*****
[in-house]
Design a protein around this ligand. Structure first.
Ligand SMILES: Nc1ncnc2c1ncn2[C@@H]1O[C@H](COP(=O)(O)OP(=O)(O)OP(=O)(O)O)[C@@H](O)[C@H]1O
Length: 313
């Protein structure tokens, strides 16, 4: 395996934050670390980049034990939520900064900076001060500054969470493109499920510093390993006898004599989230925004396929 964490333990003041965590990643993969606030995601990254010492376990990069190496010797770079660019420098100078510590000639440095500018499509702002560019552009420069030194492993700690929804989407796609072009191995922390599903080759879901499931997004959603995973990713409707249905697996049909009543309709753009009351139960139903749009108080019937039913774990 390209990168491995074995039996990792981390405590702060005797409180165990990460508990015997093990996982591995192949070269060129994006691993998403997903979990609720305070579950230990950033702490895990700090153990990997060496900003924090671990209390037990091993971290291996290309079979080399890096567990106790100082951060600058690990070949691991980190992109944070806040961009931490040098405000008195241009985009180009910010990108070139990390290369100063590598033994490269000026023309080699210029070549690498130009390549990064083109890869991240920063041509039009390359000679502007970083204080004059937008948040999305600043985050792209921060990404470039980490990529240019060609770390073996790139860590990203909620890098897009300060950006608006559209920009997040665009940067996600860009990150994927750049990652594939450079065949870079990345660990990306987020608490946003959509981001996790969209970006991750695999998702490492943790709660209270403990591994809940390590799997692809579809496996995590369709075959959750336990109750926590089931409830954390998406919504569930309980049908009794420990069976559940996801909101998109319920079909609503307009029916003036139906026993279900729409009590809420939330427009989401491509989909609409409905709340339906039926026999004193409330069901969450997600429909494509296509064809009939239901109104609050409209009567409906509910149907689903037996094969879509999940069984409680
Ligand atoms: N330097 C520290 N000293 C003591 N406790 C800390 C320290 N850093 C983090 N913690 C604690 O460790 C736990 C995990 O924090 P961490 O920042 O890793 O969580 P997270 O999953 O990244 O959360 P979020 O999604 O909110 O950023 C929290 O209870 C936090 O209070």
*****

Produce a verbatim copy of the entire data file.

[in-house]
Design a protein around this ligand. Structure first.
Ligand SMILES: Nc1ncnc2c1ncn2[C@@H]1O[C@H](COP(=O)(O)OP(=O)(O)OP(=O)(O)O)[C@@H](O)[C@H]1O
Length: 313
């Protein structure tokens, strides 16, 4: 395996934050670390980049034990939520900064900076001060500054969470493109499920510093390993006898004599989230925004396929 964490333990003041965590990643993969606030995601990254010492376990990069190496010797770079660019420098100078510590000639440095500018499509702002560019552009420069030194492993700690929804989407796609072009191995922390599903080759879901499931997004959603995973990713409707249905697996049909009543309709753009009351139960139903749009108080019937039913774990 390209990168491995074995039996990792981390405590702060005797409180165990990460508990015997093990996982591995192949070269060129994006691993998403997903979990609720305070579950230990950033702490895990700090153990990997060496900003924090671990209390037990091993971290291996290309079979080399890096567990106790100082951060600058690990070949691991980190992109944070806040961009931490040098405000008195241009985009180009910010990108070139990390290369100063590598033994490269000026023309080699210029070549690498130009390549990064083109890869991240920063041509039009390359000679502007970083204080004059937008948040999305600043985050792209921060990404470039980490990529240019060609770390073996790139860590990203909620890098897009300060950006608006559209920009997040665009940067996600860009990150994927750049990652594939450079065949870079990345660990990306987020608490946003959509981001996790969209970006991750695999998702490492943790709660209270403990591994809940390590799997692809579809496996995590369709075959959750336990109750926590089931409830954390998406919504569930309980049908009794420990069976559940996801909101998109319920079909609503307009029916003036139906026993279900729409009590809420939330427009989401491509989909609409409905709340339906039926026999004193409330069901969450997600429909494509296509064809009939239901109104609050409209009567409906509910149907689903037996094969879509999940069984409680
Ligand atoms: N330097 C520290 N000293 C003591 N406790 C800390 C320290 N850093 C983090 N913690 C604690 O460790 C736990 C995990 O924090 P961490 O920042 O890793 O969580 P997270 O999953 O990244 O959360 P979020 O999604 O909110 O950023 C929290 O209870 C936090 O209070």